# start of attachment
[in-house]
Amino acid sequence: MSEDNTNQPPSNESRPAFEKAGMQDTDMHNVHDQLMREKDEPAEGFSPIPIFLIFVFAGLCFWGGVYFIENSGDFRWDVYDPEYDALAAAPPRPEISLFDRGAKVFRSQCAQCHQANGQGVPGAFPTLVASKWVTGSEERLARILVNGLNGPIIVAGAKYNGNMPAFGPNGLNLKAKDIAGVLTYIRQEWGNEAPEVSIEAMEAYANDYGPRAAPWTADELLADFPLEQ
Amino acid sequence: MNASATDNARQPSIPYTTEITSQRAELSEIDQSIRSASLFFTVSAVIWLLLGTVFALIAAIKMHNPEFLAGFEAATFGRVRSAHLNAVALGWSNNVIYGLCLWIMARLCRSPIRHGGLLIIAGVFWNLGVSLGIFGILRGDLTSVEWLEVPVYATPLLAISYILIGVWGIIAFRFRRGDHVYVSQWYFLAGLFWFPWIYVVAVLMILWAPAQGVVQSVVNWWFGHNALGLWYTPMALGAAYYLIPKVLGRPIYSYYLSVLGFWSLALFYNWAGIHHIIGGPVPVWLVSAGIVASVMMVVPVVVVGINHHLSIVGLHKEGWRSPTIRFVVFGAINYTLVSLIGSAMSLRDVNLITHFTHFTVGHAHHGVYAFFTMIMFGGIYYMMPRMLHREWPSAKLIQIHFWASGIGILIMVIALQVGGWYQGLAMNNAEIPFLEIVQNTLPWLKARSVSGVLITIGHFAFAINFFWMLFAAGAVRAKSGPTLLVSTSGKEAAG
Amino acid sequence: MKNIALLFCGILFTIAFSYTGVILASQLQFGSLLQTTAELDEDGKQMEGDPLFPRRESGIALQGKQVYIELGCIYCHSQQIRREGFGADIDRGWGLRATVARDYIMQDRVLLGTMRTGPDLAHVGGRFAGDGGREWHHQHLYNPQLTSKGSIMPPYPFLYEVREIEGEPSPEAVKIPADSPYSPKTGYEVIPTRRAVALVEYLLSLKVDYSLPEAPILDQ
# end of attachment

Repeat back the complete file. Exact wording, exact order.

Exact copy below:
[in-house]
Amino acid sequence: MSEDNTNQPPSNESRPAFEKAGMQDTDMHNVHDQLMREKDEPAEGFSPIPIFLIFVFAGLCFWGGVYFIENSGDFRWDVYDPEYDALAAAPPRPEISLFDRGAKVFRSQCAQCHQANGQGVPGAFPTLVASKWVTGSEERLARILVNGLNGPIIVAGAKYNGNMPAFGPNGLNLKAKDIAGVLTYIRQEWGNEAPEVSIEAMEAYANDYGPRAAPWTADELLADFPLEQ
Amino acid sequence: MNASATDNARQPSIPYTTEITSQRAELSEIDQSIRSASLFFTVSAVIWLLLGTVFALIAAIKMHNPEFLAGFEAATFGRVRSAHLNAVALGWSNNVIYGLCLWIMARLCRSPIRHGGLLIIAGVFWNLGVSLGIFGILRGDLTSVEWLEVPVYATPLLAISYILIGVWGIIAFRFRRGDHVYVSQWYFLAGLFWFPWIYVVAVLMILWAPAQGVVQSVVNWWFGHNALGLWYTPMALGAAYYLIPKVLGRPIYSYYLSVLGFWSLALFYNWAGIHHIIGGPVPVWLVSAGIVASVMMVVPVVVVGINHHLSIVGLHKEGWRSPTIRFVVFGAINYTLVSLIGSAMSLRDVNLITHFTHFTVGHAHHGVYAFFTMIMFGGIYYMMPRMLHREWPSAKLIQIHFWASGIGILIMVIALQVGGWYQGLAMNNAEIPFLEIVQNTLPWLKARSVSGVLITIGHFAFAINFFWMLFAAGAVRAKSGPTLLVSTSGKEAAG
Amino acid sequence: MKNIALLFCGILFTIAFSYTGVILASQLQFGSLLQTTAELDEDGKQMEGDPLFPRRESGIALQGKQVYIELGCIYCHSQQIRREGFGADIDRGWGLRATVARDYIMQDRVLLGTMRTGPDLAHVGGRFAGDGGREWHHQHLYNPQLTSKGSIMPPYPFLYEVREIEGEPSPEAVKIPADSPYSPKTGYEVIPTRRAVALVEYLLSLKVDYSLPEAPILDQ